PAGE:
For several days, the world watched a farewell as unique in form as the monarch being celebrated. No one expected anything less than British regiments engaged in elaborate pomp and pageantry alongside London commoners queued up all day for the fleeting privilege of passing the casket of a queen – their queen. Elizabeth II, universally-respected across the island nation and around the globe, has been for a very long time a reigning sovereign – and something of a beloved Grammy to generations in the United Kingdom and beyond.
Although any royal wedding or tragedy found me glued for hours to the telly, I watched much less coverage of the Queen’s passing than I expected. At the official announcement of her death, my mind had already slipped back to one of my favorite girlhood books, one that I read multiple times: the story of a very young Elizabeth, before she ascended the throne. I cannot assign a year or specific event to date my discovery of this young person’s biography. I am certain, however, the book has long been out of print.
I do clearly remember the first time I borrowed the book from the county library on Market Street. In the back of the library sat a single rack of kids’ non-fiction books enticingly near the adult stacks – which were off limits to children. It was there I spied a slender volume with a red cover. Adult books suddenly forgotten, I gathered up my find – which may have been entitled The Young Elizabeth – and marched excitedly to the checkout desk. I had heard of Queen Elizabeth and had undoubtedly seen her picture on TV. With predictable enthusiasm, I probably started reading about Her Majesty in the car on the way home to River Road.
The biography contained many photographs, including some of her wedding to Philip in 1947, just three months before I was born. And the now King Charles and sister Princess Anne appeared as toddlers in the garden with their longtime nanny.
Calculating historical math and my reading level, I assume I read the book for the first time as a third or fourth grader. I was most interested in Elizabeth’s childhood, as I fantasized about living the life she led.
First and foremost, she and I shared the name Elizabeth. She called herself Lilibet, which remains to this day the best name ever! Her younger sister Margaret was more adventuresome and less authoritative than the older Elizabeth – pretty much the dynamic between myself and my nearest sister in age. The royal siblings received their lessons at home from a private tutor.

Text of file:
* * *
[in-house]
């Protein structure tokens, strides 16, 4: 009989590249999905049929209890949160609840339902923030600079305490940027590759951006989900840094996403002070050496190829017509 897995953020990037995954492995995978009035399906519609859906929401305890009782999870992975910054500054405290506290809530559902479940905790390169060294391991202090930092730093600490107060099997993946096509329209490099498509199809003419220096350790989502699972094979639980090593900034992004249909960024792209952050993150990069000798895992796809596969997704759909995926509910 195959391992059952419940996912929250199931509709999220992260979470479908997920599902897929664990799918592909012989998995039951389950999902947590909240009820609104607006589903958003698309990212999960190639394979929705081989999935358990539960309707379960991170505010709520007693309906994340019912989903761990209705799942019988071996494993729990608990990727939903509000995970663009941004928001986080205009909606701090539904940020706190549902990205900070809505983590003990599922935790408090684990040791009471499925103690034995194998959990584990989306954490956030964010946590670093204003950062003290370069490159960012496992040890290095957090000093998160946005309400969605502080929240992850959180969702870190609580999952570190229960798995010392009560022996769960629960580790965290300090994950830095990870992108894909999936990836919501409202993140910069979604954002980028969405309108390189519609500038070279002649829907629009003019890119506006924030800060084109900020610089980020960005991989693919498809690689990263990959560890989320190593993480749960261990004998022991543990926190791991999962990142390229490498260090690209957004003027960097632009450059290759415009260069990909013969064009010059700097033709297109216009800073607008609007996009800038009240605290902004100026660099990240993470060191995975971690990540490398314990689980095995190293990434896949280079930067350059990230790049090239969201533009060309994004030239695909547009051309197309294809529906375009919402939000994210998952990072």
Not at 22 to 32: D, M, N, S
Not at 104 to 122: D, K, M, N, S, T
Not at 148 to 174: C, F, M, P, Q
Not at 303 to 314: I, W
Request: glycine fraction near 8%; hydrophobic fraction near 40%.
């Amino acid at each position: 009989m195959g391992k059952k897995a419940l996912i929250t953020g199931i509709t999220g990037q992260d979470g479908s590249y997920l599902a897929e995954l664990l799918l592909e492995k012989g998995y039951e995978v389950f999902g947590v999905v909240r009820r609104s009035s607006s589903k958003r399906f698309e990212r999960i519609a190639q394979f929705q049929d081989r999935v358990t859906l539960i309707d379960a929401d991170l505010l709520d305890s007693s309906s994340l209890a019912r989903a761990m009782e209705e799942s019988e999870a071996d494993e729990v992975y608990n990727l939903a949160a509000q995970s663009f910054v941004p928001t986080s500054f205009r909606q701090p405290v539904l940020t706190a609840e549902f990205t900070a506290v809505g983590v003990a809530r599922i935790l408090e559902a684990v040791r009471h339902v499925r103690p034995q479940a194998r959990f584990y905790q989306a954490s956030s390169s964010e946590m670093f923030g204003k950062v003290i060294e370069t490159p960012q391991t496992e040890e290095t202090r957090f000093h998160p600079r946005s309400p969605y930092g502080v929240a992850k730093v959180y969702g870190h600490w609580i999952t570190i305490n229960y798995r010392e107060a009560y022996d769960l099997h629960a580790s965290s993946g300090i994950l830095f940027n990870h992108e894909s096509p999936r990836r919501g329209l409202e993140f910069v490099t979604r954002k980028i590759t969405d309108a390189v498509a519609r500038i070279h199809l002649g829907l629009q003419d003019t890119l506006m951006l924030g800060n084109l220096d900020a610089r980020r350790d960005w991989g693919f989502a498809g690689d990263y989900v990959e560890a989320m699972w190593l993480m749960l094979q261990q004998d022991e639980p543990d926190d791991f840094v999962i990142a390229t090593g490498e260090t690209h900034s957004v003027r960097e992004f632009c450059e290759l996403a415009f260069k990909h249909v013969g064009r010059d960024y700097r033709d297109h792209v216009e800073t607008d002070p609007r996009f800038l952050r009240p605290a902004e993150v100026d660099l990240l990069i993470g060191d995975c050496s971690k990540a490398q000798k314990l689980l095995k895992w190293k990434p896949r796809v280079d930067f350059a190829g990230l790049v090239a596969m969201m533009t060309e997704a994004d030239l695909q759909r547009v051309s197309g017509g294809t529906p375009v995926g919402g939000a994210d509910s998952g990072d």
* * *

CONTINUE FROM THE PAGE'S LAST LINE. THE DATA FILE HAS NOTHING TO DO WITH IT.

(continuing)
Life changed for the entire family and the whole of the U.K when her Uncle David – King Edward Vlll – stepped down from the throne. Not only did her father unexpectedly become King George Vl, not only did the family move to Buckingham Palace – Elizabeth learned at the age of ten that someday she would become the Queen of England! Wow!
Although I was always a 4-Her, I knew there were also lots of Girl Scouts in Champaign County. So it was fascinating to know that Elizabeth and Margaret were members of a similar troop that met at the palace, only in England they were known as Girl Guides.
When war broke out in Europe, Elizabeth’s parents kept their daughters in London rather than sending them to the countryside or even to Canada for safety. The royal couple wanted to show they were making sacrifices just as all Brits had to do. As a further demonstration, in 1945 Elizabeth became a military driver and mechanic.
The saddest part of the book for me was when Elizabeth and Philip were called home from a trip to Africa at the untimely death of her father. She was just 25 when she became Queen.
The biography ended just after Elizabeth’s coronation in 1953 when her son was five years old. By the way, I was convinced that if I married Prince Charles – we were the same age, after all – I could be a princess!
Although I obviously preferred reading about Elizabeth’s life before she became Her Majesty, one very interesting aspect of her royal responsibilities concerned the “boxes” she received each day. The contents were not specifically described in the book, but how she carried out that daily duty appealed to my sense of order and accomplishment.
After my final reading of the book with the red cover, the Queen became for me the steadfast face of Britain during every era that unfolded: by virtue of her longevity, she experienced more of life and history than any of us Boomers.
Elizabeth II may have inherited her prestigious position but certainly earned the respect bestowed upon her by fulfilling her public declaration at the tender age of 21: My whole life, whether long or short, shall be devoted to your service. Indeed, her life was defined by her sense of duty and continuity.
Just as “God Save the Queen” will now fade into British history, so too will the processions, ceremonies, and tributes from a nation in mourning. What I will most remember from this once-in-a-lifetime event, however, will be the rainbows that appeared last week at Balmoral Castle in Scotland, over Buckingham Palace, at Windsor Castle – fittingly natural farewells to a grandmother figure for many … and a proper lady known as Her Majesty.